Friendly, playful, home-loving and loyal, the Finnish spitz is not considered aggressive, but tends to bark at anything especially outside. It also is best suited for a cooler climate.
The Finnish spitz has been bred to develop its barking behavior and has a distinct ringing bark or yodel. Barking contests are even conducted in Finland
Male: 31-36 lbs.
Female: 23-29 lbs.
Height at Withers:
Male: 17-20 in.
Female: 15-18 in.
Upright ears (naturally)
Exercise Requirements: 20-40 minutes/day
Energy Level: Average
Longevity Range: 12-14 yrs.
Tendency to Drool: Low
Tendency to Snore: Low
Tendency to Bark: High
Tendency to Dig: Low
Social/Attention Needs: Moderate
Hunting birds, small mammals
Characteristics: Double coat, straight, dense
Colors: Shades of golden red
Overall Grooming Needs: Moderate
AKC Classification: Non-Sporting
UKC Classification: Northern Breeds
The Finnish spitz is a medium-sized dog with a pointed muzzle; short, erect ears; and a lush, golden-red or honey-colored coat that makes the dog look much like a fox.
Like other dogs of the spitz breeds, the Finnish spitz has an erect tail that curls over on the back, thick fur around the neck, and a sturdy, square stance.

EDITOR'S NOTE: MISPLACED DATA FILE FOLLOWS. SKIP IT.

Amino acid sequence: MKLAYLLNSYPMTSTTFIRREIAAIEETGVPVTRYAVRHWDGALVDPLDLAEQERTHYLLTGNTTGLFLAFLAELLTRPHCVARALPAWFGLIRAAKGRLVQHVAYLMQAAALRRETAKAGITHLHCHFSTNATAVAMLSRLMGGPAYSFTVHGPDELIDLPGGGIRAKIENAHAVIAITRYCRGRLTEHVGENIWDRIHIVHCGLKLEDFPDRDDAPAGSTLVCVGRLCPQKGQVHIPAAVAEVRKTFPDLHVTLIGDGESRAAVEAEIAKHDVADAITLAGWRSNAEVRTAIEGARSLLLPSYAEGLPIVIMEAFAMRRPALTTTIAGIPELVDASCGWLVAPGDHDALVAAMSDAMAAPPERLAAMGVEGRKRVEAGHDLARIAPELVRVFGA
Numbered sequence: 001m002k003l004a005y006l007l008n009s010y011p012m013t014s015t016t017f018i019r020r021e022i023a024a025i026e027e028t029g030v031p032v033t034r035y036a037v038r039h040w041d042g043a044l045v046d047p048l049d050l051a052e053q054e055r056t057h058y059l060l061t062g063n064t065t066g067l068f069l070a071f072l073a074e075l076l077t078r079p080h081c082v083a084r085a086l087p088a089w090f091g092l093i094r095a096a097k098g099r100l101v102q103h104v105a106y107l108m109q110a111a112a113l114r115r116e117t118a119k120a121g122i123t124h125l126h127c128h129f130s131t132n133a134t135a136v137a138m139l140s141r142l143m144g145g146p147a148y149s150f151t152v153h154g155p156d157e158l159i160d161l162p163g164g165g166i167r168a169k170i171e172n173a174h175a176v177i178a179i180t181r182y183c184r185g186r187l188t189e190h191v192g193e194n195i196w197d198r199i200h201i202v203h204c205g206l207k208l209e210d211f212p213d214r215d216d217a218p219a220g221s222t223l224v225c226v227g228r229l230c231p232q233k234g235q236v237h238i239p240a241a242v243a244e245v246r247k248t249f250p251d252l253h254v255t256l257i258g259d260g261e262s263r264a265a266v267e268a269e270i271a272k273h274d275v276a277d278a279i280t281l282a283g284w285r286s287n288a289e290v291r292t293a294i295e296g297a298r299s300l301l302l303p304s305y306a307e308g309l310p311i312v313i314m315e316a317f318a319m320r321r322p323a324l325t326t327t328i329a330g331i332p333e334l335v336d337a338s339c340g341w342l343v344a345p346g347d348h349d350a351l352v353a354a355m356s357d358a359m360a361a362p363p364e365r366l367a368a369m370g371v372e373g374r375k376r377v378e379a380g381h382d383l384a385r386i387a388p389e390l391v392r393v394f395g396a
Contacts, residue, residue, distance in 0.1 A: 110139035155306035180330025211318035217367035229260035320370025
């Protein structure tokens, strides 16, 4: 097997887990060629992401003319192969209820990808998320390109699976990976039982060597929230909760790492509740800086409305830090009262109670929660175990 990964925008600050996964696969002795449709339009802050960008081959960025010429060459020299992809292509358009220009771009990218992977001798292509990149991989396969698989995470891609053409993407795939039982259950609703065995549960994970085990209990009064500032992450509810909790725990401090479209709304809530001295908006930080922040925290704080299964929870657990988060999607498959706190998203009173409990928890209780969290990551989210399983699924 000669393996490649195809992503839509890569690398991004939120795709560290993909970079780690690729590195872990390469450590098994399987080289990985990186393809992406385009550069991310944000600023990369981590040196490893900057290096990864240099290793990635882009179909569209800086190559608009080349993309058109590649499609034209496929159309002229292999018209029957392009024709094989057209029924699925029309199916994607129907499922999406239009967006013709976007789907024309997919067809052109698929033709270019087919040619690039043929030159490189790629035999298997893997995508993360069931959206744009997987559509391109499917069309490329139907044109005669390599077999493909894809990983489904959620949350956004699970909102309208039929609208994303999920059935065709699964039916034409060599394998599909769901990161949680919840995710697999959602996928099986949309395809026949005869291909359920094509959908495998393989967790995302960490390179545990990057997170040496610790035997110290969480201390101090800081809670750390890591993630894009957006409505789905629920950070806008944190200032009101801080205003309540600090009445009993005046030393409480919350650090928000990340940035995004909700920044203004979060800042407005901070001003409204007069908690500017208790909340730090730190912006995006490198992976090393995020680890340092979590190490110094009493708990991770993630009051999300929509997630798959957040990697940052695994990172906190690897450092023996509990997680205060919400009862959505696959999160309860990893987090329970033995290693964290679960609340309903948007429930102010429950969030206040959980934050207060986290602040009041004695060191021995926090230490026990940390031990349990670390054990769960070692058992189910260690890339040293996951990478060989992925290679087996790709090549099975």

The Finnish spitz is about 15 to 20 inches tall and weighs 30 to 35 pounds (14 to 16 kilograms). The breed's life span is an estimated 12 to 15 years.
The Finnish spitz is home-loving and friendly. The dog is loyal to his family, playful, and yet patient with children, and is generally good with other pets.
The Finnish spitz is leery of people he does not know and will guard by barking if a stranger comes around, but he is not considered an aggressive dog.
The Finnish spitz is a cold-weather dog and prefers cooler climates. He sheds heavily and requires frequent brushing and combing. He is known for barking; fanciers say the dogs will bark at anything, particularly when outdoors, so they are not suitable for households who cannot tolerate a noisy dog or for anyone who has neighbors that will complain about barking.
This dog needs plenty of exercise and probably is best suited to living in places where he can run. A Finnish spitz will do well in an apartment if he has a family devoted to providing daily exercise either in a good-sized yard or with long walks or jogs.
Fanciers of this breed say patience is required for obedience training.
The Finnish spitz is the national dog of Finland and has been in existence for centuries. The dog is thought to have descended from the early hunting dogs of Lapland and Scandinavia, and is related to the Russo-European Laika.
The breed is well known throughout Scandinavia. The Finnish spitz is used to hunt small game and birds and is known as the "barking bird dog" because it points hunters to game by barking. The dogs have been bred to develop their barking behavior, and barking contests are held in Finland. The Finnish spitz has a distinct ringing bark or yodel.
The breed makes an excellent family pet. The Finnish Spitz was admitted into the AKC non-sporting group in 1988.